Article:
The play debuted in San Francisco in spring 2014 and is now beginning a country-wide tour, which stops in Chapel Hill today until Jan. 11. Aaron Davidman, the show’s sole actor and writer, plays 17 different characters.
“It’s a personal story about investigating the Israel-Palestine conflict,” he said. “It’s a journey and interview with 17 different people I meet on the journey, and I transform into those voices and you meet the character’s direction.”
Davidman said the overarching theme of the show is a search to understand the other.
“There’s a spiritual dimension and search for meaning and connection to the community,” he said.
Davidman said he hopes students who see “Wrestling Jerusalem” are forced out of their comfort zones.
“It’s entertainment as well as trying to push the boundaries of what we think we know and how they learn about the history and the conflict, and themselves,” he said.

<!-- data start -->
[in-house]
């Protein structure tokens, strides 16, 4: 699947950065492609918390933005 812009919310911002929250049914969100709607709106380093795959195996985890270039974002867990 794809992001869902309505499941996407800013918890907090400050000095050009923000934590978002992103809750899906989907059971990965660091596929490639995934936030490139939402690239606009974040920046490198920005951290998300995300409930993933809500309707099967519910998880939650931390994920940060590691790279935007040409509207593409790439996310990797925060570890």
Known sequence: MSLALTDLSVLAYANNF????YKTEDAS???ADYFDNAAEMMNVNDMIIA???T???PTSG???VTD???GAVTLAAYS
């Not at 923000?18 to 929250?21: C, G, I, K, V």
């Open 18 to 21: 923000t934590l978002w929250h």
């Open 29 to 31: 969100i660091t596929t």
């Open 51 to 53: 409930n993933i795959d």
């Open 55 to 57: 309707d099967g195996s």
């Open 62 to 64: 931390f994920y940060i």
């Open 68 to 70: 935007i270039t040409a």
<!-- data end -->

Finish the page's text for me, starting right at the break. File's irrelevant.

Michael John Garces, the play’s director, said he chose to be involved because he found the subject matter to be relevant to his background. He grew up in Colombia before immigrating to the United States.
“I find the story of an American trying to understand what it means to be American ... in the context of a bigger socio-political dynamic — in this case, Israel — one that’s compelling to me,” Garces said.
Davidman’s personal connections make the play unique.
“Aaron has interwoven his personal story about coming to understanding with what it means to be an American Jew with the stories of the people he encountered in Israel and Palestine and his personal struggles and what’s different about the political situations there,” Garces said.
Jeffrey Meanza, associate artistic director of PlayMakers, said the subject of the play was a good area of discussion.
“Wrestling Jerusalem” is part of a PlayMakers series of plays that are centered on community conversation.
“The goal of the series is to provide a safe space for people to have challenging conversations,” Meanza said.
Davidman said he sought to help people understand a conflict that is often portrayed as black and white.
“I wanted to give experience that I’ve had, as a reminder of our own humanity as we speak of these foreign conflicts that we have huge involvement in,” he said.